Understanding the acoustical challenges of mass timber buildings

By Tim Preager

Photo courtesy McKinstry
Photo courtesy McKinstry

Second only to stone, wood use in construction dates back thousands of years. In fact, the first timber home discovered in Britain was built more than 10,000 years ago. In Canada, there are many all-wood buildings that are over 100 years old. Nevertheless, changes to building codes, fear of fire risks, and the introduction of steel and concrete have caused a decline in wood building construction.

However, it appears old is new again. Wood has made a big comeback and new changes being introduced to the National Building Code (NBC) in 2020 might result in the rise of tall wood buildings.

Starting next year, NBC will allow the construction of tall wood buildings up to 12 storeys from the current limit of six. The impact is already seen in British Columbia, where the province obtained permission from the National Research Council (NRC) to adopt the rules right away.

With the country’s vast forest resources, wood is an obvious material for construction, and it has less impact on the environment compared to manufacturing steel or extracting and crushing rock from quarries to make concrete. Being a natural resource, it is readily available, renewable, environmentally sustainable, biodegradable, economically feasible, and carries the lowest carbon footprint of any comparable building material.

Wood stores carbon dioxide (CO2), and some reports predict replacing steel with mass timber could reduce CO2 emissions by 15 to 20 per cent. For example, the wood used in the 18-storey University of British Columbia (UBC) Brock Commons residence tower will store over 1750 metric tonnes of CO2-equivalent greenhouse gases (GHGs), which is similar to taking 511 cars off the road for a year.

Figure 1: The graph represents how much sound transfers between floors for each assembly type and is shown versus specific frequency (bass, mid, treble, etc.). The sound travels differently depending on frequency and this graph represents how it varies between typical concrete, mass timber, and a mass timber built up with concrete. The blue line is the concrete sound transmission and the grey is the mass timber with concrete. Higher levels on the graph indicate a better sound isolation between the two floors. At low frequency (bass), the sound isolation performance reduces, and is worse in this range. At mid/high frequency, the mass-timber with concrete assembly performs better. Image © Adam Collins, P.Eng., LEED AP. Images courtesy Aercoustics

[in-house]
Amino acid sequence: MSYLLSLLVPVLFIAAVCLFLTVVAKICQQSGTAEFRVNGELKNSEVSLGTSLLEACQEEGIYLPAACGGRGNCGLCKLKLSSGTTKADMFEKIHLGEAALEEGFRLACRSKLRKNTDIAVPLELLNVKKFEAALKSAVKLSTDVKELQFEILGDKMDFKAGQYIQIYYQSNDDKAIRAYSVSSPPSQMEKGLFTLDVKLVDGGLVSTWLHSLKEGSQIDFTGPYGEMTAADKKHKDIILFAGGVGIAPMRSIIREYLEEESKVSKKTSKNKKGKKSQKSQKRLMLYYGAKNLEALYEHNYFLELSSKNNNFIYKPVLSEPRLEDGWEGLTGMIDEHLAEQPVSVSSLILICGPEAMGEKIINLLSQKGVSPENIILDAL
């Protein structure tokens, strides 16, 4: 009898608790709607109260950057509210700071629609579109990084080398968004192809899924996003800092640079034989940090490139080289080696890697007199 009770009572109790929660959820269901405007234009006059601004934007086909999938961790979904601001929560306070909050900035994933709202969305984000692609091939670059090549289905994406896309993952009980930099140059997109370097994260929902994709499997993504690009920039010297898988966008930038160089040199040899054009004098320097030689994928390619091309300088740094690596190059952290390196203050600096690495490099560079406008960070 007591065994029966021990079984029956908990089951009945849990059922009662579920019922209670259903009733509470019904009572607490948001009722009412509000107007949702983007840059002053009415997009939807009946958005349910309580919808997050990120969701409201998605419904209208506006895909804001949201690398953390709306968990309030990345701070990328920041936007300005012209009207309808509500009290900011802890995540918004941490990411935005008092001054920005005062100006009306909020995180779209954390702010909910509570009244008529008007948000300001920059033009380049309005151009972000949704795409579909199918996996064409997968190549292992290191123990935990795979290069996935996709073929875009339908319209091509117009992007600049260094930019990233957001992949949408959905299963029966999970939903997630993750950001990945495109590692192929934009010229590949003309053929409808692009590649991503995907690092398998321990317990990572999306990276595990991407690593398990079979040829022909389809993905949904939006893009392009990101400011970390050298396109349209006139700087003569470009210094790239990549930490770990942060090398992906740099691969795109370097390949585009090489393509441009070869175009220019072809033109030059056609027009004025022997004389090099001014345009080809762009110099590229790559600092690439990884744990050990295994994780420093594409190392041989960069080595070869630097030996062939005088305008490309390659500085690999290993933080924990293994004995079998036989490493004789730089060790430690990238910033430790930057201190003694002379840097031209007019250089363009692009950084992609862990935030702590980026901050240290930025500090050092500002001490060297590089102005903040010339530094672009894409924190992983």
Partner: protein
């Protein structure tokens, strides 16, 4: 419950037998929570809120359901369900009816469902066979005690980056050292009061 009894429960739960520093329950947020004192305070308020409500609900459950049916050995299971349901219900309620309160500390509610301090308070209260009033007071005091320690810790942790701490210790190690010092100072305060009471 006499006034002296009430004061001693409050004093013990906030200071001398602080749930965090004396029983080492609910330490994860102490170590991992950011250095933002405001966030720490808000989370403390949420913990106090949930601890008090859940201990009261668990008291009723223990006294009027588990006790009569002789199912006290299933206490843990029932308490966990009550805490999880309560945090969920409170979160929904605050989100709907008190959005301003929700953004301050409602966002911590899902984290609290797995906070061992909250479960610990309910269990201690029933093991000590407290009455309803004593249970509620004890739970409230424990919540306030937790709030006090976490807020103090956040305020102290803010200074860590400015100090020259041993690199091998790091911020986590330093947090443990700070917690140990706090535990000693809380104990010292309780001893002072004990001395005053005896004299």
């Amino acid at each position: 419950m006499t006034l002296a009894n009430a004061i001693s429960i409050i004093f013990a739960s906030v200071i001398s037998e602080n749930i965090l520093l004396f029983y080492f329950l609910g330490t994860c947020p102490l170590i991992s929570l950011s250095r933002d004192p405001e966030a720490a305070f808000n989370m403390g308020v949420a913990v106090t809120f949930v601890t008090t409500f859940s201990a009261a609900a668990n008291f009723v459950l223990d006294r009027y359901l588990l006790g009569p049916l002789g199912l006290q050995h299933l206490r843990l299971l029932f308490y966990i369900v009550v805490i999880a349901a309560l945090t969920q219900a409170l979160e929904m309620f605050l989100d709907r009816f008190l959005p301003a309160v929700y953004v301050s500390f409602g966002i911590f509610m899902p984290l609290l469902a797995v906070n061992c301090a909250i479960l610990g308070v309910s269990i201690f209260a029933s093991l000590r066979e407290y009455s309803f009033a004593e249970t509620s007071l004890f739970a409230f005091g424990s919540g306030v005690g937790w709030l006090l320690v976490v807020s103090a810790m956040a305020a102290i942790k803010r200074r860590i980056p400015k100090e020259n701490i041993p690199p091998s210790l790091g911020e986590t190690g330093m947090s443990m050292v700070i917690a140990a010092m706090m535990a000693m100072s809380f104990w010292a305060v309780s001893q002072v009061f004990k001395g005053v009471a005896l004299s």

Figure 1: The graph represents how much sound transfers between floors for each assembly type and is shown versus specific frequency (bass, mid, treble, etc.). The sound travels differently depending on frequency and this graph represents how it varies between typical concrete, mass timber, and a mass timber built up with concrete. The blue line is the concrete sound transmission and the grey is the mass timber with concrete. Higher levels on the graph indicate a better sound isolation between the two floors. At low frequency (bass), the sound isolation performance reduces, and is worse in this range. At mid/high frequency, the mass-timber with concrete assembly performs better.
Image © Adam Collins, P.Eng., LEED AP. Images courtesy Aercoustics

The biggest hindrance to wood construction in the past has been the fear tall wooden structures are a fire hazard. However, the wood industry has evolved, and mass timber is actually fire-resistant. Mass timber buildings can be defined as one in which the primary loadbearing structure is made of either solid or engineered wood. This can include glue-laminated (glulam) timber, cross-laminated timber (CLT), and nail-laminated timber (NLT). This new technology means wood buildings can move into a new era.

Notable examples

In recent years, several new and innovative wood buildings have been developed in the United Kingdom, Australia, and North America. These structures demonstrate the true potential of mass timber construction. Canadian construction is being led mainly by builders of educational facilities, but mass timber is also explored for a mix of projects.

The Wood Innovation and Design Centre (WIDC) in Prince George, B.C., initially held the title of the world’s tallest, modern, all-timber structure but was soon surpassed by the UBC Brock Commons Building, which was an exception to the building codes’ six-storey limit. Several others in design include the Arbour at George Brown College in Toronto—the 12-storey building will be Ontario’s first tall wood institutional structure.

Sidewalk Labs is looking at constructing a collection of mass timber buildings with the tallest one topping out at 30 storeys in Toronto. If successful, it will be the first neighbourhood constructed entirely from mass timber. On the West Coast, there are intentions to seek similar-sized tall mass timber buildings up to 40 storeys.

Even without the changes to NBC, there is a plethora of advantages to mass timber construction. However, the use of mass timber in multifamily and commercial buildings presents unique acoustic challenges.

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